Years and years ago we lived in a big yellow house on a hill, with a 5 acre horse stable right behind it. With two girls already madly in love with horses, this was a dream location! Every window on the back of our house overlooked our neighbor’s barn and an arena where our daughters spent every free moment. When we moved there Matthew was one, Elizabeth eight, Rebekah eleven, and John Mark thirteen. We luxuriated in all the space this new home afforded, with storage closets tucked under the eaves and twice as may kitchen cupboards as our previous home.
And somehow, somewhere along the way, we started storing stuff in all those closets and cupboards. Lots of stuff.
I went to garage sales and found stuff, then to the dollar store, where I stocked up on stuff. I bought books for the kids at the grocery store for $3.99— such a deal!
Cheap stuff, unnecessary stuff, too much stuff.
At Christmas we filled stockings with stuff, grandparents sent stuff, friends stopped by with stuff. And before long all that stuff started to back up into our living space like a clogged drain choked with excess… stuff!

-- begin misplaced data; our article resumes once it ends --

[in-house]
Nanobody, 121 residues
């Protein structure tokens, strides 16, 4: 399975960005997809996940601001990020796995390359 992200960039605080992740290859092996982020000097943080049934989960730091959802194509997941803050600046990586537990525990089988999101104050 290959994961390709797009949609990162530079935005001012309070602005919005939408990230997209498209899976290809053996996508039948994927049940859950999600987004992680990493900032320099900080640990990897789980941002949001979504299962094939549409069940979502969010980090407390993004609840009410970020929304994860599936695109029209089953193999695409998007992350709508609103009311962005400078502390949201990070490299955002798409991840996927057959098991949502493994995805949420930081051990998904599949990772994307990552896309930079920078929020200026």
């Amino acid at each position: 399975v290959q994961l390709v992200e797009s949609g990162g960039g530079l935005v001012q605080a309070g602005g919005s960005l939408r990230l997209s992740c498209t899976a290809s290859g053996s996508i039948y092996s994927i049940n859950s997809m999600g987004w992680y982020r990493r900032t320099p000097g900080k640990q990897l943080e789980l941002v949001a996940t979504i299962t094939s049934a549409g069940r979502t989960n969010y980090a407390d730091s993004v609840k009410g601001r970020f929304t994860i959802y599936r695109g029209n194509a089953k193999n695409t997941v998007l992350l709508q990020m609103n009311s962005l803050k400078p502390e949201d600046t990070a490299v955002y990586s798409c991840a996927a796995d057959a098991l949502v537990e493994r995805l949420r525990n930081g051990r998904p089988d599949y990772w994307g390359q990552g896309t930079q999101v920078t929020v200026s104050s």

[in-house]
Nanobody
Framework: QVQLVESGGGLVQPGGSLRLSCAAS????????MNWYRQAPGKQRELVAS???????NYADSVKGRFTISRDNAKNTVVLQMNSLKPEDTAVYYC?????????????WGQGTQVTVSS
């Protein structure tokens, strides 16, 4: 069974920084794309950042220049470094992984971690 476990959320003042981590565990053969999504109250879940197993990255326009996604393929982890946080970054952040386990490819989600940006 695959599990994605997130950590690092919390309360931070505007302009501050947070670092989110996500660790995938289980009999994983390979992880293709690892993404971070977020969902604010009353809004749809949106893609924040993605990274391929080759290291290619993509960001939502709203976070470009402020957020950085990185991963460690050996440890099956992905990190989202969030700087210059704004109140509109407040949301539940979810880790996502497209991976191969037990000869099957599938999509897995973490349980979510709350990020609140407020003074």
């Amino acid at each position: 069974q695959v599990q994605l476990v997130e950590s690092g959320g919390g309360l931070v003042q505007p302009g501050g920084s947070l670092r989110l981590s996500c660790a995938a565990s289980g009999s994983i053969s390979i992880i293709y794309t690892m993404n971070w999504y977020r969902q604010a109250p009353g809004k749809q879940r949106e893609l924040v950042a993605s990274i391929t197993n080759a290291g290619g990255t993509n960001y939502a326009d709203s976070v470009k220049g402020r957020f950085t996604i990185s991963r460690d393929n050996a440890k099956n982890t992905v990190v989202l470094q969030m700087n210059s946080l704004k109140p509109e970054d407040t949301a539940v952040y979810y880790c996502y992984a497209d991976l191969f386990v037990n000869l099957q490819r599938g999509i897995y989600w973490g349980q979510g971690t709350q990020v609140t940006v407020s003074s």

Between buying organizers to store all that stuff, then clearing up clutter and putting stuff away, my days had become one long chasing after the chaos all that stuff created.
You know what I’m talking about? Does that describe your home?
Are you ready to exchange all that for a sense of order and cleanliness that doesn’t come at the cost of your relationship with your kids? Unfortunately, I too often sacrificed niceness on the alter of perfection. I wish I could say I was always patient and kind, but if my kids read this they'll call me out! And though I struggled and too often failed, I've learned some things along the way I wish I'd known at the start. Here are...
10 Ways To Teach Your Kids (And Yourself!) How To Bring Order Out Of Chaos.
#1. Reduce the amount of stuff
Where does this strange compulsion to accumulate and collect come from? Is it from the Spirit of God? I don’t think so. Is it from my flesh? Yes! that greedy, grasping, heedless part of me that craves stuff. So why do we keep it? Why spend money on plastic bins and organizers and shelves and systems to store all that stuff? Why indoctrinate our children in our greedy inclination to gather more stuff?